I shared a story with him to try to get his attention. I told him that if I, hypothetically, as his neighbor, had backed into his car when backing out of my garage, that I had a responsibility to go over to his home, knock on his door, explain and apologize for what I had done, and take responsibility for making it right. I told him that no one ever did that.

His only response was that a hospital was much more complex than that. I responded that indeed it was, but the basic human principle was being ignored. He never responded or acknowledged. It was constant arguments and confrontations with him. He seemed to delight in that.

I also requested the involvement of the COO, who oversaw the hospital operations. He chose to never involve himself. One meeting he was supposed to be there, he did not show up. A message was delivered through the risk manager that he could handle it.

In 1991 Diane was a homemaker, a vibrant woman, and a mother of three children, Sarah 11, Jonathan 14, and Chris 17. She was active in our church – committees, choir, and educational involvement. She was attending McCormick Seminary as a part time student. She already had a masters degree in education, and was pursuing her second masters degree – in theology – when the respiratory event happened. Her life was full. She was a very bright, alert, loving, competent and responsible parent and wife, and friend of many. She loved to learn. She was a strong person, independent, by personality.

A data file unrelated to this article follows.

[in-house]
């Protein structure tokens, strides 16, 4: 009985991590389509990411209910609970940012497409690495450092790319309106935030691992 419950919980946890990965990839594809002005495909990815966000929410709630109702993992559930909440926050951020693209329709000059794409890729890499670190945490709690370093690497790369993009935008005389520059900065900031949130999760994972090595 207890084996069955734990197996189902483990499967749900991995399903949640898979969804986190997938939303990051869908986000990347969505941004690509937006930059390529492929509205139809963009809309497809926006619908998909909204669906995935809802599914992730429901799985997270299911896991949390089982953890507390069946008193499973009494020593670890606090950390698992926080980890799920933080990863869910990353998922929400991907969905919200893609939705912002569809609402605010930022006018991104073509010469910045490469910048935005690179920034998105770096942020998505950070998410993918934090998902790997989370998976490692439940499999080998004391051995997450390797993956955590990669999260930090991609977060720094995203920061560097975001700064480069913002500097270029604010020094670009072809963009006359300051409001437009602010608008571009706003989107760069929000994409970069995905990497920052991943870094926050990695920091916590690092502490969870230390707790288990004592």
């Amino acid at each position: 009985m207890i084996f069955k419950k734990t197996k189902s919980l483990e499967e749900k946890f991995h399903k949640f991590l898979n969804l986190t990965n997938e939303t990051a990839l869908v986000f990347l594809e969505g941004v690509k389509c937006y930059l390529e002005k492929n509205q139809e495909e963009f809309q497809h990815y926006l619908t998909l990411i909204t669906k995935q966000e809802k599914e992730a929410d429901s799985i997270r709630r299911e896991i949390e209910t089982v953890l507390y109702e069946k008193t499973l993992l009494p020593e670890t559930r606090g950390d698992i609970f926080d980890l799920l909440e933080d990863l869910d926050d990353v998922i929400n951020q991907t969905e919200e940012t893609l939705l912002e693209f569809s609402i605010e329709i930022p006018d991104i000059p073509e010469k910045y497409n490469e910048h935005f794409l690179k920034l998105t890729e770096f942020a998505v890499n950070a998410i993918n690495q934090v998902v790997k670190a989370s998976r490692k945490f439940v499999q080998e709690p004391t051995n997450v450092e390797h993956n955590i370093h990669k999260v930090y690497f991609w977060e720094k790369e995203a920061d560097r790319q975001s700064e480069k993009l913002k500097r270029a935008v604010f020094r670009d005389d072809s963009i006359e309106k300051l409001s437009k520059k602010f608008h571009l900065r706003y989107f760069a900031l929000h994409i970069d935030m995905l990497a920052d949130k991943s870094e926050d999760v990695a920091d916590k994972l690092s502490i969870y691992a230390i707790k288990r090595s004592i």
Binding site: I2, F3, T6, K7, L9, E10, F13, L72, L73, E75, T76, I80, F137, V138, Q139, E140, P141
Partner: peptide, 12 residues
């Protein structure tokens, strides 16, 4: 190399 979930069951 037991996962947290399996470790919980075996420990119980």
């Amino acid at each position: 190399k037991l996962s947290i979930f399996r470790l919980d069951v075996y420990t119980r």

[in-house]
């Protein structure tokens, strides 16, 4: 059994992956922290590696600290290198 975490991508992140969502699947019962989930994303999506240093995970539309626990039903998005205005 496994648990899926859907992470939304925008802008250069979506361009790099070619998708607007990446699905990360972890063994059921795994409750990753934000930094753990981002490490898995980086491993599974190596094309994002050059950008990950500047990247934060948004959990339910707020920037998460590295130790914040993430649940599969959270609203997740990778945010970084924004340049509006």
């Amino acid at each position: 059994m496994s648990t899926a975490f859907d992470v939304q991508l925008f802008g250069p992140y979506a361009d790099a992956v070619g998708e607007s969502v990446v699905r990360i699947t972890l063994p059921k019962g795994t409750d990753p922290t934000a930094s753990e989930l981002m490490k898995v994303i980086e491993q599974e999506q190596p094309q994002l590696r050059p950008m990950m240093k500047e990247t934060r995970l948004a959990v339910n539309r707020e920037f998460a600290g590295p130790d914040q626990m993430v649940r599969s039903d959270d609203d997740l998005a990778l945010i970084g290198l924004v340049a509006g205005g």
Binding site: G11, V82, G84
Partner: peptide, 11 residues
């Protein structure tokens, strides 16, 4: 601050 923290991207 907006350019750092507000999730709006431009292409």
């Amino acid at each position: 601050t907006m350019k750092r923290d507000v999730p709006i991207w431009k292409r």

Today Diane lives is in an assisted living facility in Grand Rapids, Michigan, not far from Chris and Heidi, our son and his wife. Chris, now 30, was recently named her legal Conservator by a court here in Nashville, Tennessee, where Diane had been in an assisted-living facility in Franklin. Her brother and sister-in-law had been taking care of her financial and other responsibilities for three years. That ended because of her personality changes and perceptions of how things were being handled, which in her in mind are reality, thus causing frequent disagreements, and she not remembering from argument to argument. Prior to that, she had been in our home, and then a condo in the Chicago area.

Our marriage dissolved in the mid 90's. I literally ran out of give after three years of taking care of her needs, having watched her personality change enormously, and having a significant impact on those around her. For a year I talked with her about my feelings, not easy when she could not remember conversations from the day before.

My Christian vows are and were important, and I never thought this would happen. It did. I simply could not be the Old Testament Job. I care a great deal about her, and much of what I am doing relates to that. I am attempting to cause positive change so others are not treated and handled like she was, and like we were.

In the spring of 1993, after many months of attempting constructive dialogue with the hospital risk management, administration and the physicians involved, Diane and I decided to pursue a medical malpractice lawsuit. She could follow somewhat, but basically could not keep up with what was going on. All she knew was she was terribly wronged, and her life was turned upside down, to a very poor quality of life. I had told them early on I was not lawsuit-oriented, but to not under-estimate me.